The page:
The DeLorean phenomenon was allies and hype (though John Z. may have believed some of it himself), two financial journalists...


DREAM MAKER: The Rise and Fall of John Z. DeLorean

The DeLorean phenomenon was allies and hype (though John Z. may have believed some of it himself), two financial journalists have decided--fostered by American weakness for a maverick entrepreneur and British eagerness to create jobs in Northern Ireland. Though the authors' outrage may be justified, it takes the form of tacky, she-was-lucky-to-escape-his-clutches horrifics (as well as petty jibes), and makes for a story that's more distasteful than dramatic. The bill of particulars: DeLorean didn't grow up poor, he grew up working-class (and ashamed of it); he didn't dream up the dragster-modeled Pontiac G.T.O., ""the basic root of the John DeLorean myth""; he didn't leave GM in disgust and disillusion, he was sacked for assorted ""irregularities""; he wasn't the people's (or the black people's) champion, he was a Sixties midlife swinger enamored of the media; his ""ethical car"" has hot air, his business partner was a vicious crook, his US business deals were frauds, his DeLorean Motors operation was kited on a miniscule investment, his extravagances (the penthouse office, the Concorde flights, the posh estates) were paid for by British taxpayers, his own interest in the project flagged, his DMC-12 was a disaster. And when the British had lost $150 million, and were still trying to keep the company afloat, he had the gall to say: ""I probably made a mistake in going to Belfast."" (In his favor: he was once a skillful engineer, and ""no one has ever disputed DeLorean's affection for his children,"" or for gorgeous, loyal third wife Cristina.) The greater part of this overlong (400 pp.) book concerns DeLorean's money-raising schemes--a con, as it looks, of the Northern Ireland Development Agency, US financiers, and assorted investors. The DNC-12's design and production problems come in for some overhauling too. The liveliest bit, though, is a cliffhanger episode (strung out and pumped up, but TV-worthy) involving a British-born secretary who patriotically tried to blow the whistle. Other angry DeLorean associates, Fallon and Srodes are good enough to tell us, are writing about him. Somebody's going to put the man-and-myth into fuller, deeper perspective. But the image isn't likely to recover, whatever happens to the drug charge (Fallon and Srodes have some background on the others indicted, but nothing really new on DeL)--while financial types will be curious to find out who-all was taken in . . . and who wasn't.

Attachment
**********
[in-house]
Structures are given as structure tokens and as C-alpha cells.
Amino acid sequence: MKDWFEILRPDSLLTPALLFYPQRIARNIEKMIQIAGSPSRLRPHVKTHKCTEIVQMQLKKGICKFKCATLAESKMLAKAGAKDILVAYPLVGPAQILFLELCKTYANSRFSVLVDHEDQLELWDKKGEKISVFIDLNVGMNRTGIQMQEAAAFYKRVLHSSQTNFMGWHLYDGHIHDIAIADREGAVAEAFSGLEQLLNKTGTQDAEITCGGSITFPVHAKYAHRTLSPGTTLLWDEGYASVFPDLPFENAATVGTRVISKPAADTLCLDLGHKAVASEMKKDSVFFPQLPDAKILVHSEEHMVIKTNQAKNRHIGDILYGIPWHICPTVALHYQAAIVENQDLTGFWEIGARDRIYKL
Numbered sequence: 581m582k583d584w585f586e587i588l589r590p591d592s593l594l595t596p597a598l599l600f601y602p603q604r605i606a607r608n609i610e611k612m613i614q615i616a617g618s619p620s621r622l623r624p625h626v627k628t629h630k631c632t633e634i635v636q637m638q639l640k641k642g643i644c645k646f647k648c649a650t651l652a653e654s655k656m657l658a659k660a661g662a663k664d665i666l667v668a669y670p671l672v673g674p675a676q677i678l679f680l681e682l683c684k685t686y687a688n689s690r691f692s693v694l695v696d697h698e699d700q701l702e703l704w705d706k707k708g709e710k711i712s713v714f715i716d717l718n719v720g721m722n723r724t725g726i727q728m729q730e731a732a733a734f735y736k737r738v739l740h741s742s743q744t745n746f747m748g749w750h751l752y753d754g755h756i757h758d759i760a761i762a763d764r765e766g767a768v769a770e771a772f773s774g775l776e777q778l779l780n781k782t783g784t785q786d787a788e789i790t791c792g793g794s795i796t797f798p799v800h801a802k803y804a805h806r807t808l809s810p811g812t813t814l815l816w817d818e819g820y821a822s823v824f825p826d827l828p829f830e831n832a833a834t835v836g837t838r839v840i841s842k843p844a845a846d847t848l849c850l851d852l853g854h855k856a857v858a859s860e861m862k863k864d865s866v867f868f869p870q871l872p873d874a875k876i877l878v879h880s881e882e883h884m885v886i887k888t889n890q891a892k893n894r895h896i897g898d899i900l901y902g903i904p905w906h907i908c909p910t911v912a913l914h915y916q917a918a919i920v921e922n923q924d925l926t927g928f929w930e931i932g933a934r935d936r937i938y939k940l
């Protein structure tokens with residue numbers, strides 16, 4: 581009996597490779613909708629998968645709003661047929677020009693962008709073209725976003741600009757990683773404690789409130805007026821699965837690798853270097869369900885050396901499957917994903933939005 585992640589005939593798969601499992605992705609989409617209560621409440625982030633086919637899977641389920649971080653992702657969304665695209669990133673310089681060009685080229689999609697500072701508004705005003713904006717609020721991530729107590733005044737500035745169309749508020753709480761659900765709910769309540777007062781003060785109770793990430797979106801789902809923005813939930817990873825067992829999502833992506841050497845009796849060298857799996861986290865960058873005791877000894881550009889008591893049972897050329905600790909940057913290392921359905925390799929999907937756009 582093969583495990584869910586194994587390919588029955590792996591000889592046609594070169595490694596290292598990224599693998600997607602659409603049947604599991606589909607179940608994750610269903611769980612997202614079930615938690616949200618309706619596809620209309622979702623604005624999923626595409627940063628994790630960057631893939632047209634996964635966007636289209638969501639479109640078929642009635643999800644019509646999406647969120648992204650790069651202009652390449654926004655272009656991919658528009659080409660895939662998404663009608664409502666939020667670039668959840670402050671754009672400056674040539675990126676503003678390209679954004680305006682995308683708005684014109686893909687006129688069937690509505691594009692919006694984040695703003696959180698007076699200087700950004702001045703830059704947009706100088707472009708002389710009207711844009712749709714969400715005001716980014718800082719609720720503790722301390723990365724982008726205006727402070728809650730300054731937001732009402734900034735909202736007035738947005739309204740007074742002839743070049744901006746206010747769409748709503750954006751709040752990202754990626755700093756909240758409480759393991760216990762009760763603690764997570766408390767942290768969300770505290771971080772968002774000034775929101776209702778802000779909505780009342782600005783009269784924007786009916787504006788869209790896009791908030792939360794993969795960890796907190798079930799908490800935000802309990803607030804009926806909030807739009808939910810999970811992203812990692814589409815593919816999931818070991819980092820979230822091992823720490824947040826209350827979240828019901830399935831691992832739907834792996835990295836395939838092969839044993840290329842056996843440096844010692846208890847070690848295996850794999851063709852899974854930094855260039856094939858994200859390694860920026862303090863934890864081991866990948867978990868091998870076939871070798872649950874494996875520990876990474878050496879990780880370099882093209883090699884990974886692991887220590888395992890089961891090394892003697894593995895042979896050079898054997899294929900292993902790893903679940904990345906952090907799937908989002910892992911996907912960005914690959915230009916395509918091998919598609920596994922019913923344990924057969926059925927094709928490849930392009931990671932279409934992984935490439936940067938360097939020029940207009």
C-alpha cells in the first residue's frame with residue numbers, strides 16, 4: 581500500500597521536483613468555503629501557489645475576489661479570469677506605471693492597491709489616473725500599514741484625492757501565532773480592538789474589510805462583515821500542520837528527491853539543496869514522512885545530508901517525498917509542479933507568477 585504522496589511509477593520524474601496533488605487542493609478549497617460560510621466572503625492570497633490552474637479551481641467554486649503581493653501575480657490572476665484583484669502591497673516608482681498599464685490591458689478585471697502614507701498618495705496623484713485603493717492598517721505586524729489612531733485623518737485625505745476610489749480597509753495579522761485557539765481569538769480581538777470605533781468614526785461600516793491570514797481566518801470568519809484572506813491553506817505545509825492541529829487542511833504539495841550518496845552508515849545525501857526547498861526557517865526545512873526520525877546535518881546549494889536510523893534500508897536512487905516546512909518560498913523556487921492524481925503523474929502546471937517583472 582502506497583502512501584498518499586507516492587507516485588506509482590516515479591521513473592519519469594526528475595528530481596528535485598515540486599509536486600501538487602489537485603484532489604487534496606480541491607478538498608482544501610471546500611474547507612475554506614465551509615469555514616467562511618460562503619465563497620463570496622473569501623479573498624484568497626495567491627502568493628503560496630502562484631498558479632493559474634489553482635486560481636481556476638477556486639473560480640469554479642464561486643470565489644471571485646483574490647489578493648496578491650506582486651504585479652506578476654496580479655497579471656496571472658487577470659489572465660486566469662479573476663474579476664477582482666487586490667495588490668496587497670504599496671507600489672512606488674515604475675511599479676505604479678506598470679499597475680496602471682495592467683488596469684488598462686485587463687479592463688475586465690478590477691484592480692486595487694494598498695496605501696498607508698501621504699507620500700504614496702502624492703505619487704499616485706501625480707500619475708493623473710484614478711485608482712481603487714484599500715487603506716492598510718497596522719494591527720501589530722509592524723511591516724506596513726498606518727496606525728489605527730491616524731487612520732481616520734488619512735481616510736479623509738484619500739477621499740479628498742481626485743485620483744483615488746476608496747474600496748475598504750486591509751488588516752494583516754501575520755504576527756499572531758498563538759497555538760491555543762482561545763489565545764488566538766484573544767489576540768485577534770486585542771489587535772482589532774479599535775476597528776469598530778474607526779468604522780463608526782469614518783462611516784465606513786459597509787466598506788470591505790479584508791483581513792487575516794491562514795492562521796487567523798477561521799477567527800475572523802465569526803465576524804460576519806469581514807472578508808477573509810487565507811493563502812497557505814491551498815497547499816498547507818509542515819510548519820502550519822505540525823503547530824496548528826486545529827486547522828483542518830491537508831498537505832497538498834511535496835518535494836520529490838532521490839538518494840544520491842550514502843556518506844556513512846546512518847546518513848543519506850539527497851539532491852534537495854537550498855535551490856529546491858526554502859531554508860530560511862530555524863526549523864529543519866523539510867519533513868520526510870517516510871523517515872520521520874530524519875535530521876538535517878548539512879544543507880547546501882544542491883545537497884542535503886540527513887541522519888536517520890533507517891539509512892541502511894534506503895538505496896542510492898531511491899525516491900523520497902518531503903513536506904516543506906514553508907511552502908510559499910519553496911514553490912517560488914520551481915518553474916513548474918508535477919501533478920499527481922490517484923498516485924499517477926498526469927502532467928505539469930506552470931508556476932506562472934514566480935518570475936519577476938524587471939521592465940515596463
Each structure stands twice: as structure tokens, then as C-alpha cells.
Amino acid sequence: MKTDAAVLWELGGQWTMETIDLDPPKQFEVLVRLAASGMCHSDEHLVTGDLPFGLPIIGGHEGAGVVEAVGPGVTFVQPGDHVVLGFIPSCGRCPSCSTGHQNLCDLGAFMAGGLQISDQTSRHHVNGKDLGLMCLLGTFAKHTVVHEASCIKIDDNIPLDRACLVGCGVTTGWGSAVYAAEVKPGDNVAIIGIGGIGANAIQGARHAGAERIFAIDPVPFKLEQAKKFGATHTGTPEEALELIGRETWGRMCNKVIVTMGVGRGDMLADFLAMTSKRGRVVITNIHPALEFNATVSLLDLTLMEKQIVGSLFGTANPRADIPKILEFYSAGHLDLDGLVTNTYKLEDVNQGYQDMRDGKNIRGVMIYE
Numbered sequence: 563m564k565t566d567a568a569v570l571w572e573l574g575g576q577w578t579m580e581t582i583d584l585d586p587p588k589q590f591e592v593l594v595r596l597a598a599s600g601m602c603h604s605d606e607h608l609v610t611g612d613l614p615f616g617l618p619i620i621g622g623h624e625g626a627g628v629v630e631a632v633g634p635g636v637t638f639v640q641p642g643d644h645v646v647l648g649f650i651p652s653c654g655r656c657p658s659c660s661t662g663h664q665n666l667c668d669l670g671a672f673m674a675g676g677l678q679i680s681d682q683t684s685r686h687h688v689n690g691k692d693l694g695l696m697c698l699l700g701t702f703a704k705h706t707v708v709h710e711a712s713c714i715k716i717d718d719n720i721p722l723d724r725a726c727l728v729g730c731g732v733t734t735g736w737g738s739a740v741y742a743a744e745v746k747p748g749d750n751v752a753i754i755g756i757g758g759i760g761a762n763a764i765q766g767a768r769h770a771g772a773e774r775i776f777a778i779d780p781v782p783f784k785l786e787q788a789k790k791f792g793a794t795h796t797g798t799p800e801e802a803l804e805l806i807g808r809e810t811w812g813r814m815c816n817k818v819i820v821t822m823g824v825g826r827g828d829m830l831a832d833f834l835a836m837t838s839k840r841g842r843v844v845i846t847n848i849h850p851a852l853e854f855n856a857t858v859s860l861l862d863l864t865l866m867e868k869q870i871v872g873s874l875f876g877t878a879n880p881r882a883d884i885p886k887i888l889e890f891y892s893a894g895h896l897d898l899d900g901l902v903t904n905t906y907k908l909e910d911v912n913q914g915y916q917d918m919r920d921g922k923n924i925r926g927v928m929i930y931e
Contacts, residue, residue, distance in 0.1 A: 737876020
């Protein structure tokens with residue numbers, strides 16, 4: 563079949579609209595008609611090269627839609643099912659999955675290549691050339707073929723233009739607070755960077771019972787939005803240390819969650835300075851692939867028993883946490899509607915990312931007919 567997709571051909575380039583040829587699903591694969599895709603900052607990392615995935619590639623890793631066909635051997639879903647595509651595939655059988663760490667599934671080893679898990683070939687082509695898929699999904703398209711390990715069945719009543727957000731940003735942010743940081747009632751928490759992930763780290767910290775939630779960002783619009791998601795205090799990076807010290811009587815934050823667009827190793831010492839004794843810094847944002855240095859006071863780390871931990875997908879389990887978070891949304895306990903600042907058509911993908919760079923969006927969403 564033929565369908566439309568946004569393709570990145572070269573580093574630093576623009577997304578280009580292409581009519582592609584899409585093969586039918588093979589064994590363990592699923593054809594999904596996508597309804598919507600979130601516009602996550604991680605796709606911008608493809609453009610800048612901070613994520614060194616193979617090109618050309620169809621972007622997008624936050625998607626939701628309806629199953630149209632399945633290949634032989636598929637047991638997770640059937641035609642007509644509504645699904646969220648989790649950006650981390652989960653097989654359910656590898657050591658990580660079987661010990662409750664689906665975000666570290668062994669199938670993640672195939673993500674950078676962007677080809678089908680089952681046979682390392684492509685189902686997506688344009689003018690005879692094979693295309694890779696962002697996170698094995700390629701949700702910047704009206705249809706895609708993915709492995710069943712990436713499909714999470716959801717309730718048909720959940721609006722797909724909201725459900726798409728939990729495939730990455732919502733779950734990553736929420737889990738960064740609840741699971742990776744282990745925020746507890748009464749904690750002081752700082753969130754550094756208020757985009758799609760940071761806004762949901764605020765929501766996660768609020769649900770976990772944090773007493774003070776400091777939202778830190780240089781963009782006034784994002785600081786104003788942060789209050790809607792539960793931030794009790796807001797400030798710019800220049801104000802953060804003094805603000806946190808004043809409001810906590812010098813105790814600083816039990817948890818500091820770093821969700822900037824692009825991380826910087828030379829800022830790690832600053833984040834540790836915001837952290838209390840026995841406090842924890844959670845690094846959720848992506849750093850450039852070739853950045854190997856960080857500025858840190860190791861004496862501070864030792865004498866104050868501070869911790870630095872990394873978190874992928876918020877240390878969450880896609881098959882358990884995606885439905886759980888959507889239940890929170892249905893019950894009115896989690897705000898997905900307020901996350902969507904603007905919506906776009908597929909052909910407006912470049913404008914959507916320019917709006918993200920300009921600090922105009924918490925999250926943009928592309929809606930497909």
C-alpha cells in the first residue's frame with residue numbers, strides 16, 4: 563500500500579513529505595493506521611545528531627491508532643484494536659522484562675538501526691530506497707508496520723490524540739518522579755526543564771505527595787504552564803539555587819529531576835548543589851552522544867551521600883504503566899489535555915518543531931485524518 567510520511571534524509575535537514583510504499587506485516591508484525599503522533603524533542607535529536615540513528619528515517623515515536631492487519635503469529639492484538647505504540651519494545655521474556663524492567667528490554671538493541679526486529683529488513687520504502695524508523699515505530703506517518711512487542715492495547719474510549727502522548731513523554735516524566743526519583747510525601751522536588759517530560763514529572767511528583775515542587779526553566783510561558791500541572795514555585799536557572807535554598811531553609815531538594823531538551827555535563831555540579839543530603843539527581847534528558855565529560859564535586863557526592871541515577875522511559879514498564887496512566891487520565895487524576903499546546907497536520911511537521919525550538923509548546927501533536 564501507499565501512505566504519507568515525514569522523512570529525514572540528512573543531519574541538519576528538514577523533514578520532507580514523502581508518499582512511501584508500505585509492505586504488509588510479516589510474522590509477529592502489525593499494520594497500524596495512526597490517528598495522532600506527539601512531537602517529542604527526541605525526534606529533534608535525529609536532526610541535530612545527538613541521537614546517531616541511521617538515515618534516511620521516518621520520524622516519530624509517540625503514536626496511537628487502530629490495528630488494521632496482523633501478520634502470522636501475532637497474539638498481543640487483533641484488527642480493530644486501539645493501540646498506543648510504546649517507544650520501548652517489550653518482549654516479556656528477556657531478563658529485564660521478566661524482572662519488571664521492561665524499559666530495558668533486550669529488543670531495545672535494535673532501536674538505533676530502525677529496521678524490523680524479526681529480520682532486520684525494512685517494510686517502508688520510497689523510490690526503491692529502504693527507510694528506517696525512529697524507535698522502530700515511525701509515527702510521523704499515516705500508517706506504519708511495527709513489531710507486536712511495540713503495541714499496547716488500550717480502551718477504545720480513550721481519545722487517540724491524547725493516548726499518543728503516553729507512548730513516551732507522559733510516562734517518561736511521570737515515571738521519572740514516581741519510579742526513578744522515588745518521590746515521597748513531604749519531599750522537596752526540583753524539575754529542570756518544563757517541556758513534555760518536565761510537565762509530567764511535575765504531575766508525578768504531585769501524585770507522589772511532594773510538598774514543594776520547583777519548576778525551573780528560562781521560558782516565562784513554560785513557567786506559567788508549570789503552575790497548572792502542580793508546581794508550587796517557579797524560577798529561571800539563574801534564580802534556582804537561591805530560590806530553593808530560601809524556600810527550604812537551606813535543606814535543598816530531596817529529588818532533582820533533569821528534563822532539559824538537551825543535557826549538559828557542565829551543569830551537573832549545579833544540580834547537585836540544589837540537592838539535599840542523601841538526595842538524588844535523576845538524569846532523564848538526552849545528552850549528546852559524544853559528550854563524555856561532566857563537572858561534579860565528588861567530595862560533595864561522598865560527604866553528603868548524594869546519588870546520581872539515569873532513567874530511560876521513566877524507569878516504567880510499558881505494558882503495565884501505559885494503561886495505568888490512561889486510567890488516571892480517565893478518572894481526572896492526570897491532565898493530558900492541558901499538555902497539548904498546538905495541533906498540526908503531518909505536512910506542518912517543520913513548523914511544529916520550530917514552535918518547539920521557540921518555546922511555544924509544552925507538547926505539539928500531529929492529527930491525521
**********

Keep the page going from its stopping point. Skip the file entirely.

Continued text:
Pub Date: Aug. 26, 1983


Page Count: -

Publisher: Putnam

Review Posted Online: N/A

Kirkus Reviews Issue: Aug. 1, 1983